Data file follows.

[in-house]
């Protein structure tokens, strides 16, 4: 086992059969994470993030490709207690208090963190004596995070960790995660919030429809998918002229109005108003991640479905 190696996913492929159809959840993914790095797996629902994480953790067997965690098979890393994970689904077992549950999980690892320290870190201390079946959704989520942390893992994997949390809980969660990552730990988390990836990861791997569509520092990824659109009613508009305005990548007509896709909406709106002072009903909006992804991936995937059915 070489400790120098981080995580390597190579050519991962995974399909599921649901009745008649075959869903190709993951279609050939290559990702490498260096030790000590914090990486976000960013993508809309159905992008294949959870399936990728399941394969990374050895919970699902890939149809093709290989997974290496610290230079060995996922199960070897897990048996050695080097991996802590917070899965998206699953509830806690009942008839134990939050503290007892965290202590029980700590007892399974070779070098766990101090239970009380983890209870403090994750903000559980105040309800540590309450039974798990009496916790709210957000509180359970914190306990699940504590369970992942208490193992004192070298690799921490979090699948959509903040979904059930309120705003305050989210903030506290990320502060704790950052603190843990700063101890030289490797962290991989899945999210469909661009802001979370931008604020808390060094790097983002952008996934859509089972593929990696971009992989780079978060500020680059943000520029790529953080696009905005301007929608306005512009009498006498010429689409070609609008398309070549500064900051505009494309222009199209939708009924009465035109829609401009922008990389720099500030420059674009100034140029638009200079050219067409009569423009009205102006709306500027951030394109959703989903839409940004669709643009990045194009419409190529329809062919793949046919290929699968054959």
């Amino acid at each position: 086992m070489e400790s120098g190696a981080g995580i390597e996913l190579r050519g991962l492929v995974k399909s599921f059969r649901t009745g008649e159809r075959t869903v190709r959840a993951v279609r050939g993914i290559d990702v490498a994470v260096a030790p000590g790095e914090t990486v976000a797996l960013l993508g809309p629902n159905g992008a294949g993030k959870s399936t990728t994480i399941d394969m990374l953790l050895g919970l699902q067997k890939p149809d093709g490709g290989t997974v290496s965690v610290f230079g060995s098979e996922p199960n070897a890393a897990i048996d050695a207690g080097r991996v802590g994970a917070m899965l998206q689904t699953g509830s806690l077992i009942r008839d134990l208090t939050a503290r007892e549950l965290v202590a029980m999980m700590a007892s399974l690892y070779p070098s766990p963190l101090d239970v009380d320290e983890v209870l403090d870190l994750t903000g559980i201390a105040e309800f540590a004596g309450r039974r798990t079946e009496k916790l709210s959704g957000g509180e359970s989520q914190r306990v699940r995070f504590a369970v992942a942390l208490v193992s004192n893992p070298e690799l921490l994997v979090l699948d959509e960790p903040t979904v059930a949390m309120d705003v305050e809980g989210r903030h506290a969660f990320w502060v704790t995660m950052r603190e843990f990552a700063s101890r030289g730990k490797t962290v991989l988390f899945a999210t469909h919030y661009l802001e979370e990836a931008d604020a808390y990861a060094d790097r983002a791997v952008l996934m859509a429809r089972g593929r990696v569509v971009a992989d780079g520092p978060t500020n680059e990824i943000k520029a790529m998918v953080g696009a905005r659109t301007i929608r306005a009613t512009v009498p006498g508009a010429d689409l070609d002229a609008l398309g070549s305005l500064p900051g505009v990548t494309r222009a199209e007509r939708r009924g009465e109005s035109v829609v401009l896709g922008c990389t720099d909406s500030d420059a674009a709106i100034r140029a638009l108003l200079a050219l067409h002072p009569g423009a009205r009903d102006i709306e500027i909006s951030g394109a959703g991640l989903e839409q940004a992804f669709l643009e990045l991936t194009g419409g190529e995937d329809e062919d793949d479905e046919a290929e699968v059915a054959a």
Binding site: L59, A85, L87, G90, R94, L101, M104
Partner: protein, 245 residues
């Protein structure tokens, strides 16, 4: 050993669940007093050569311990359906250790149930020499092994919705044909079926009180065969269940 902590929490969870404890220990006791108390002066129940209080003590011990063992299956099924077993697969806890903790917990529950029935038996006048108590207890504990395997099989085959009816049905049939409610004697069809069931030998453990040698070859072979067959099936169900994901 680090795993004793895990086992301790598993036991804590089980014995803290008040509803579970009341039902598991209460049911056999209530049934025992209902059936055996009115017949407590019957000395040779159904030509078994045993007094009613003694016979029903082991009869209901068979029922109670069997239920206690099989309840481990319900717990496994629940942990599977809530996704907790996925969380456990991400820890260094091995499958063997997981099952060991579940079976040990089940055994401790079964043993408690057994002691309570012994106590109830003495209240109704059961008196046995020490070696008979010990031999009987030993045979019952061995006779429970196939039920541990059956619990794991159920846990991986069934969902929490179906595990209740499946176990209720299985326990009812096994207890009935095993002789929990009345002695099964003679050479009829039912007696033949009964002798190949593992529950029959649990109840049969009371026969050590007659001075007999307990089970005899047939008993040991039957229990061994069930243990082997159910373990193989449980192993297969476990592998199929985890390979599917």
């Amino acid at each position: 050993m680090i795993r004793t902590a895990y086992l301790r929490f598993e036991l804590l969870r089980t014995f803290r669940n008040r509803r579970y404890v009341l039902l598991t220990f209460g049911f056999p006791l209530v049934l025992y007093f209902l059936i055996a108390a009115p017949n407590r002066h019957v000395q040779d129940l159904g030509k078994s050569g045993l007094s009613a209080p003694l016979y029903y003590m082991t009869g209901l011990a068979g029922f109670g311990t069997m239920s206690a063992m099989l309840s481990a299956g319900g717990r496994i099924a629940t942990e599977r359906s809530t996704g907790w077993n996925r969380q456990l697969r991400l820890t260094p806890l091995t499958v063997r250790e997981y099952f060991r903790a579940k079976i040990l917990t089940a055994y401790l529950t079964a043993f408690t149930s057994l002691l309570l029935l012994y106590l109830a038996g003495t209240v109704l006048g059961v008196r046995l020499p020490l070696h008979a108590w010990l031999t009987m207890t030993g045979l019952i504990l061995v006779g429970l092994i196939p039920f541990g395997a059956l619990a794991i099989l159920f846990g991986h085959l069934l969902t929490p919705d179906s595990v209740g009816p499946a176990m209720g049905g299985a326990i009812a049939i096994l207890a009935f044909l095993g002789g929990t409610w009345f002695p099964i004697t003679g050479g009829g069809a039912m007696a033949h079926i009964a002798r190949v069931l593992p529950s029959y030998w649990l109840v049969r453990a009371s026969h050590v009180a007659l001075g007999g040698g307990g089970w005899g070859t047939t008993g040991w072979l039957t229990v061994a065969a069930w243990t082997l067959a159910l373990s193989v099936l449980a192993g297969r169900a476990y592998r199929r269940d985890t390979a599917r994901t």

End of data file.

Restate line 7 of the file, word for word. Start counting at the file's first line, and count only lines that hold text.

């Amino acid at each position: 050993m680090i795993r004793t902590a895990y086992l301790r929490f598993e036991l804590l969870r089980t014995f803290r669940n008040r509803r579970y404890v009341l039902l598991t220990f209460g049911f056999p006791l209530v049934l025992y007093f209902l059936i055996a108390a009115p017949n407590r002066h019957v000395q040779d129940l159904g030509k078994s050569g045993l007094s009613a209080p003694l016979y029903y003590m082991t009869g209901l011990a068979g029922f109670g311990t069997m239920s206690a063992m099989l309840s481990a299956g319900g717990r496994i099924a629940t942990e599977r359906s809530t996704g907790w077993n996925r969380q456990l697969r991400l820890t260094p806890l091995t499958v063997r250790e997981y099952f060991r903790a579940k079976i040990l917990t089940a055994y401790l529950t079964a043993f408690t149930s057994l002691l309570l029935l012994y106590l109830a038996g003495t209240v109704l006048g059961v008196r046995l020499p020490l070696h008979a108590w010990l031999t009987m207890t030993g045979l019952i504990l061995v006779g429970l092994i196939p039920f541990g395997a059956l619990a794991i099989l159920f846990g991986h085959l069934l969902t929490p919705d179906s595990v209740g009816p499946a176990m209720g049905g299985a326990i009812a049939i096994l207890a009935f044909l095993g002789g929990t409610w009345f002695p099964i004697t003679g050479g009829g069809a039912m007696a033949h079926i009964a002798r190949v069931l593992p529950s029959y030998w649990l109840v049969r453990a009371s026969h050590v009180a007659l001075g007999g040698g307990g089970w005899g070859t047939t008993g040991w072979l039957t229990v061994a065969a069930w243990t082997l067959a159910l373990s193989v099936l449980a192993g297969r169900a476990y592998r199929r269940d985890t390979a599917r994901t």